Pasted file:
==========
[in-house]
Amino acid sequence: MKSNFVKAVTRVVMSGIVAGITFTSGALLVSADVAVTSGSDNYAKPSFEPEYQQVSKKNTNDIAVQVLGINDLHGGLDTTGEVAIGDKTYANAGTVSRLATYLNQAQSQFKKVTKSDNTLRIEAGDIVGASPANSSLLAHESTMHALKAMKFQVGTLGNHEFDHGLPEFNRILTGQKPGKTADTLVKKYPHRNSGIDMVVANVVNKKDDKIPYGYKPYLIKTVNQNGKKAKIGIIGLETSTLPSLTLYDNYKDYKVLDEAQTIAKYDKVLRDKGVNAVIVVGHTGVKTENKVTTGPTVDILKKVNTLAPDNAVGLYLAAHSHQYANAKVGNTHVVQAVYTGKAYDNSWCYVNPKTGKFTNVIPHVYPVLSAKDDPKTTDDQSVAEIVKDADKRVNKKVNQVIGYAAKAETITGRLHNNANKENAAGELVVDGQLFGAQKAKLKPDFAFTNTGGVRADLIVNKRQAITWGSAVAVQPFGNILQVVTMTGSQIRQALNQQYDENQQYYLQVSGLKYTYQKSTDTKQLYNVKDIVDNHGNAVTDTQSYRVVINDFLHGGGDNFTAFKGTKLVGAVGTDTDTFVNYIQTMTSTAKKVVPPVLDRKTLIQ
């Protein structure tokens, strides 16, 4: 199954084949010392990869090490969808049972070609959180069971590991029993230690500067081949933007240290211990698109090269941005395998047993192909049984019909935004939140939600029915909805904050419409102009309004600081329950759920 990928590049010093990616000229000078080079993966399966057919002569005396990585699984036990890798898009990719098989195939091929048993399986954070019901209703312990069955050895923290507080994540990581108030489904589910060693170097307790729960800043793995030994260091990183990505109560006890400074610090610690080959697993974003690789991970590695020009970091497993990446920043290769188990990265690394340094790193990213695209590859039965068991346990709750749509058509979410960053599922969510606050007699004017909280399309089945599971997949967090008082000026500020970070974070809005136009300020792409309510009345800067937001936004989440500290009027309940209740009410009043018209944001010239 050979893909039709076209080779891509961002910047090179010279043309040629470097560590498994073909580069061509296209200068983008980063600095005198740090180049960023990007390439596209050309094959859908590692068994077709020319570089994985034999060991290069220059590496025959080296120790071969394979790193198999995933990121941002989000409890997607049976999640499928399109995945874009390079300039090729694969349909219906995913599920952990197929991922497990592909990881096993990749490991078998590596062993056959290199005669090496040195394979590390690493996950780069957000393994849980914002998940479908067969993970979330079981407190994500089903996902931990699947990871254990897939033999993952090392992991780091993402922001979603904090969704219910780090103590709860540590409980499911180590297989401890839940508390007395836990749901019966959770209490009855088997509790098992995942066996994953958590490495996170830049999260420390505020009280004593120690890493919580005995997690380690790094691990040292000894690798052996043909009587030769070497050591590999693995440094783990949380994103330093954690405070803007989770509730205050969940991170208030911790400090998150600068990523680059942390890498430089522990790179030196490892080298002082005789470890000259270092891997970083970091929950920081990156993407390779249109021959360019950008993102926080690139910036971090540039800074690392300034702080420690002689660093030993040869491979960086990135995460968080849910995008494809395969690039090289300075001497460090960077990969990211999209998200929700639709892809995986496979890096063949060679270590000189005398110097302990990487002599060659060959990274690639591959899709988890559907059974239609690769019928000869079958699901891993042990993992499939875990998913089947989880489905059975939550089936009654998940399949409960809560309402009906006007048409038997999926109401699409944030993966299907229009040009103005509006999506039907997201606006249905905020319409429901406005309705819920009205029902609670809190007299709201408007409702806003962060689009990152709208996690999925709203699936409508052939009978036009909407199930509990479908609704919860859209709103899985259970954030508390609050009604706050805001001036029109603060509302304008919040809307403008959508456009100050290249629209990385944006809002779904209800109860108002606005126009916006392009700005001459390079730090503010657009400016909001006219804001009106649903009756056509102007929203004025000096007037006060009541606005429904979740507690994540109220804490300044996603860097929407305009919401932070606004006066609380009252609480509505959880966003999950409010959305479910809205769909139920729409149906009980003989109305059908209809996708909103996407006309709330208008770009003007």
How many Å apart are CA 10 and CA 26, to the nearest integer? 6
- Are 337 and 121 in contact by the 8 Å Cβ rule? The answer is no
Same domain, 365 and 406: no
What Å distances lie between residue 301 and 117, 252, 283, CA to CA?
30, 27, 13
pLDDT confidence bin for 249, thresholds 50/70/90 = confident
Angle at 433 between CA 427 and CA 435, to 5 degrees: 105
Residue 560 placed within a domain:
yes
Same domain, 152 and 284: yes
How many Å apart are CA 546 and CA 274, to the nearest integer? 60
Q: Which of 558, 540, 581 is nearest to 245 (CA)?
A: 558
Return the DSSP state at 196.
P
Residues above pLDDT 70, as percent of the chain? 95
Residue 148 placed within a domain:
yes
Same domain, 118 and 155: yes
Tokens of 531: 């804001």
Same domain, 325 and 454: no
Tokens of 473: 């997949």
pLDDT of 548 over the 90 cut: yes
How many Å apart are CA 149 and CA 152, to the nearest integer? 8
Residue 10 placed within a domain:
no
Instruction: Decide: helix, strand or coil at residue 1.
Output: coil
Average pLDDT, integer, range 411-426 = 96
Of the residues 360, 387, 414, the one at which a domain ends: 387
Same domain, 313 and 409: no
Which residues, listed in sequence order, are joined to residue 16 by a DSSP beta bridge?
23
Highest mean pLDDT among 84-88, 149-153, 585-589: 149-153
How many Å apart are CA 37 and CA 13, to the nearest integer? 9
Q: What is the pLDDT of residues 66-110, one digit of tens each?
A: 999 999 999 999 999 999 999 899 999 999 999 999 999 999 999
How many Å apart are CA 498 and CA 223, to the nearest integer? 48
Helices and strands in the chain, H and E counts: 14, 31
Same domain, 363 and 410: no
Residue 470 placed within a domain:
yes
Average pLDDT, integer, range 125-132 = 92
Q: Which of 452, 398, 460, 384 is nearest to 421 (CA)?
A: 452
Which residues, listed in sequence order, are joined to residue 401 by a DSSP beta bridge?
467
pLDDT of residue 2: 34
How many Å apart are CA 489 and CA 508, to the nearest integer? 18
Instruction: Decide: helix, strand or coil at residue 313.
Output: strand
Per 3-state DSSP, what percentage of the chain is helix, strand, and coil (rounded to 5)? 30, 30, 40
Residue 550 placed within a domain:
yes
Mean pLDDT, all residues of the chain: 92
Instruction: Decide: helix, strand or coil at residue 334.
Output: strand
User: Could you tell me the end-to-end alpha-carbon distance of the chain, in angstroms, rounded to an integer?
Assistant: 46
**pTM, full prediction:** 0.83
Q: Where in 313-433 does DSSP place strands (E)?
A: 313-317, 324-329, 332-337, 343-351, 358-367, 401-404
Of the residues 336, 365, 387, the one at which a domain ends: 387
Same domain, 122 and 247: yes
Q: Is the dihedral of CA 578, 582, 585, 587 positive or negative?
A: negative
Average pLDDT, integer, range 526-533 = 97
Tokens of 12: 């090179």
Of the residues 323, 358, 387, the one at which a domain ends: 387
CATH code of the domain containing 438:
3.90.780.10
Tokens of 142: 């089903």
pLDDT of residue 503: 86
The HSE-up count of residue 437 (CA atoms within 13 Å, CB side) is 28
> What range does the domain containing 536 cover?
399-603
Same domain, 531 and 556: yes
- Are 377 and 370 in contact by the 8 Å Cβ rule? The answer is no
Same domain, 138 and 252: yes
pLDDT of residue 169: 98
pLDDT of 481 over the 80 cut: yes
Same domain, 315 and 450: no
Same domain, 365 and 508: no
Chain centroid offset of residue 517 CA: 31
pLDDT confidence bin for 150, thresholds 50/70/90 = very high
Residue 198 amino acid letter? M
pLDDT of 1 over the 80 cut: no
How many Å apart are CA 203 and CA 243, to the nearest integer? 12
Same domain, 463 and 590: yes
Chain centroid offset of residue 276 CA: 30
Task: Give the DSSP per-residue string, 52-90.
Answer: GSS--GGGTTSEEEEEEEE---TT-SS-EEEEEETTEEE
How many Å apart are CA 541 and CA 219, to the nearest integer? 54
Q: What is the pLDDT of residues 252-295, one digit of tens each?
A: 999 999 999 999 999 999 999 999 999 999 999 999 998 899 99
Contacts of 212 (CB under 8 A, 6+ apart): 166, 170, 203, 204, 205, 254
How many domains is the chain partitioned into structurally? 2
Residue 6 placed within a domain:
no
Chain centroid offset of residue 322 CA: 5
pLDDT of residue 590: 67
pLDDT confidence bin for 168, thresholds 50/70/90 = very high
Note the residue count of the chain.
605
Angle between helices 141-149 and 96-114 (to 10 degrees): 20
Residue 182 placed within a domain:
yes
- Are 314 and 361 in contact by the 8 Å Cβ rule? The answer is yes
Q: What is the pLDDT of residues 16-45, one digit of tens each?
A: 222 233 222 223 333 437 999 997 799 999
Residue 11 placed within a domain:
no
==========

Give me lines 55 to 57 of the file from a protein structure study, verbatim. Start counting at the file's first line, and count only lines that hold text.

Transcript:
Per 3-state DSSP, what percentage of the chain is helix, strand, and coil (rounded to 5)? 30, 30, 40
Residue 550 placed within a domain:
yes